that Berisha today is "only a shadow" of the leader he was when
communism fell in 1990. Majko also slammed the former president
for not mentioning in his speech all the people who died in the
violence that marked his final months in office. Later, the parliament
approved Arben Rakipi of the Socialist Party as attorney-general.

MONTENEGRIN COURT RULES AGAINST PRESIDENT. The Constitutional
Court on 14 August ruled that only Prime Minister Milo Djukanovic is
the legal presidential candidate of the governing Democratic Socialist
Party (DPS), an RFE/RL correspondent reported from Podgorica.
President Momir Bulatovic must run as the candidate of another
party or as an independent if he wants to seek reelection in the
October vote. The court ruling came after one DPS faction nominated
Djukanovic and another selected Bulatovic. The Election Commission
accepted both candidacies as legal, even though the law states that
each party may nominate only one candidate (see "RFE/RL Newsline,"
13 August 1997). The court ruling is a clear setback for Yugoslav
President Slobodan Milosevic and his backers in Montenegro.

SERBS IN MONTENEGRO PROTEST CONCESSION TO ALBANIANS.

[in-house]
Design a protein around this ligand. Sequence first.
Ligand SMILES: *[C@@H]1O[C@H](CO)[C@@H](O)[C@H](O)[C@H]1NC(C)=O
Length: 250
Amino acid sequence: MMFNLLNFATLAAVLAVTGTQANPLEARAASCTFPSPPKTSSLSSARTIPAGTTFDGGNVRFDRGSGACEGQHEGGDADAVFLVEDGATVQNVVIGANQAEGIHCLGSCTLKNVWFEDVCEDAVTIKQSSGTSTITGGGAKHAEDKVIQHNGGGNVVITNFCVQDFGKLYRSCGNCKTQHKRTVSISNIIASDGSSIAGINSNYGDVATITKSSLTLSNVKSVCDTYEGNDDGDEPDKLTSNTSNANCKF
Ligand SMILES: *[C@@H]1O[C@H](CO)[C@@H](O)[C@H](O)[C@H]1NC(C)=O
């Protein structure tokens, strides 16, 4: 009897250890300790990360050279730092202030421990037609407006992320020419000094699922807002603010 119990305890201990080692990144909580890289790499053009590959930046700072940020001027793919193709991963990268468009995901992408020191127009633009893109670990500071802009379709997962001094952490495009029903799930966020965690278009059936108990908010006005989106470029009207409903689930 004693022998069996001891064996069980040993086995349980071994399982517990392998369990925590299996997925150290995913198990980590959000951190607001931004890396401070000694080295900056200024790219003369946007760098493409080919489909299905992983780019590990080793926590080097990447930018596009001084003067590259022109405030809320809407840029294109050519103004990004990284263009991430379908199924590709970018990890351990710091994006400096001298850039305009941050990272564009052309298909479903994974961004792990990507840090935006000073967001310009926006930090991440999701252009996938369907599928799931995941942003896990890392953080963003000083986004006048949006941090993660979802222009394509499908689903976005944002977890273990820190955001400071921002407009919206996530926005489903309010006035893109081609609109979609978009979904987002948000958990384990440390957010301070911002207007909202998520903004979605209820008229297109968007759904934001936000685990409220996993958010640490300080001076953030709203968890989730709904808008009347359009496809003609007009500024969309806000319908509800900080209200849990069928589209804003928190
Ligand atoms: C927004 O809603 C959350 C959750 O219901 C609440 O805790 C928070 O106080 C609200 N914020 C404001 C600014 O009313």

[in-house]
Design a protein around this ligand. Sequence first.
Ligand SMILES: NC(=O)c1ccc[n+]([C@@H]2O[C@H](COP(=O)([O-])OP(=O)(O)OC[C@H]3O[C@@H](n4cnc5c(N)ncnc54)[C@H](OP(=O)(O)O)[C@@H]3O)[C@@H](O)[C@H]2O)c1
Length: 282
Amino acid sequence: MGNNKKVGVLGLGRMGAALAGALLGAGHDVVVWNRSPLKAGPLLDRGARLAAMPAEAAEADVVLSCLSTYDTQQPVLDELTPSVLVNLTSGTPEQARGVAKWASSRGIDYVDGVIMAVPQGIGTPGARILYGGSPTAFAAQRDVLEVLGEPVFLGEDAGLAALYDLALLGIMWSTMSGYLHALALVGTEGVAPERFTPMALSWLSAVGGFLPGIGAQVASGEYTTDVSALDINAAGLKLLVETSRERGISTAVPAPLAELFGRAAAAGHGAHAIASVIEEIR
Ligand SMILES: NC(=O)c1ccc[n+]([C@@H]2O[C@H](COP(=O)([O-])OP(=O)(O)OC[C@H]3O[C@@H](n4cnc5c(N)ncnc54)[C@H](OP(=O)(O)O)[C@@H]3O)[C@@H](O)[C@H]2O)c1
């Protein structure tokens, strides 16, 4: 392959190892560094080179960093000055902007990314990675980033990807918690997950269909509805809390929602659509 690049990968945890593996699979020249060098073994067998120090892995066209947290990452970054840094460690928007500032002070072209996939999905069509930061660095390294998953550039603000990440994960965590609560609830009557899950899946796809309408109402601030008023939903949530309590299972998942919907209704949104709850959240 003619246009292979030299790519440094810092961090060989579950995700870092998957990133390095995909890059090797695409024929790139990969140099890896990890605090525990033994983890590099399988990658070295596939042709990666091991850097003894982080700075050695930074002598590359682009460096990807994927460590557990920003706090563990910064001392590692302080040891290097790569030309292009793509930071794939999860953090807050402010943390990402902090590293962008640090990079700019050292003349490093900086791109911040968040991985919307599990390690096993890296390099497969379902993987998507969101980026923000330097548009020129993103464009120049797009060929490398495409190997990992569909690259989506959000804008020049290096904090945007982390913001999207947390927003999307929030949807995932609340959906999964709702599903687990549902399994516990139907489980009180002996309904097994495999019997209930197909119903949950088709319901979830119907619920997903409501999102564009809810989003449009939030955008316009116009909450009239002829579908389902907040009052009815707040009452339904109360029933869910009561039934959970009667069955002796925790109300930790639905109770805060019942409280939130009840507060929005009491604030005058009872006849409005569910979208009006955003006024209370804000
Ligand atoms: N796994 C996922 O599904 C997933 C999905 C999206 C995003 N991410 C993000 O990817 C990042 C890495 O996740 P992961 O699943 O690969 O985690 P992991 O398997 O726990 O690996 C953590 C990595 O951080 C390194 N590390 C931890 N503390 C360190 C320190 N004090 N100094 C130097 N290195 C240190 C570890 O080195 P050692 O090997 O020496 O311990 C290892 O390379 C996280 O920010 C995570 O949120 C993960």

Montenegrin Prime Minister Milo Djukanovic told representatives of
the Democratic Union of Albanians in Ulcinj on 13 August that he will
restore to Tuzi the status of municipality that it enjoyed until 1961.
Municipal status for the mainly Albanian town will mean more jobs
for local politicians. The Serbian Party of Montenegro (SSCG)
protested the decision as "a cheap political trick" to win the support
of the Albanian minority, which makes up 8 percent of the republic's
population, and to convey the image abroad that Montenegro deals
generously with its Albanians while Serbia does not. The SSCG added
that Djukanovic is treating Montenegro's Serbs, who form 10 percent
of the population, like an ethnic minority and that the SSCG will
appeal to the Supreme Defense Council of Yugoslavia to discuss
Djukanovic's actions. Similar appeals to Belgrade from Serbs outside
Serbia preceded the wars in Croatia and Bosnia.

NATO COMMANDER CALLS ON KARADZIC TO SURRENDER. U.S. Gen.
Wesley Clark paid an unannounced visit on 13 August to Pale, the
mountain headquarters of Radovan Karadzic and the other Bosnian
Serb hard-liners. Clark said that Karadzic is an "indicted war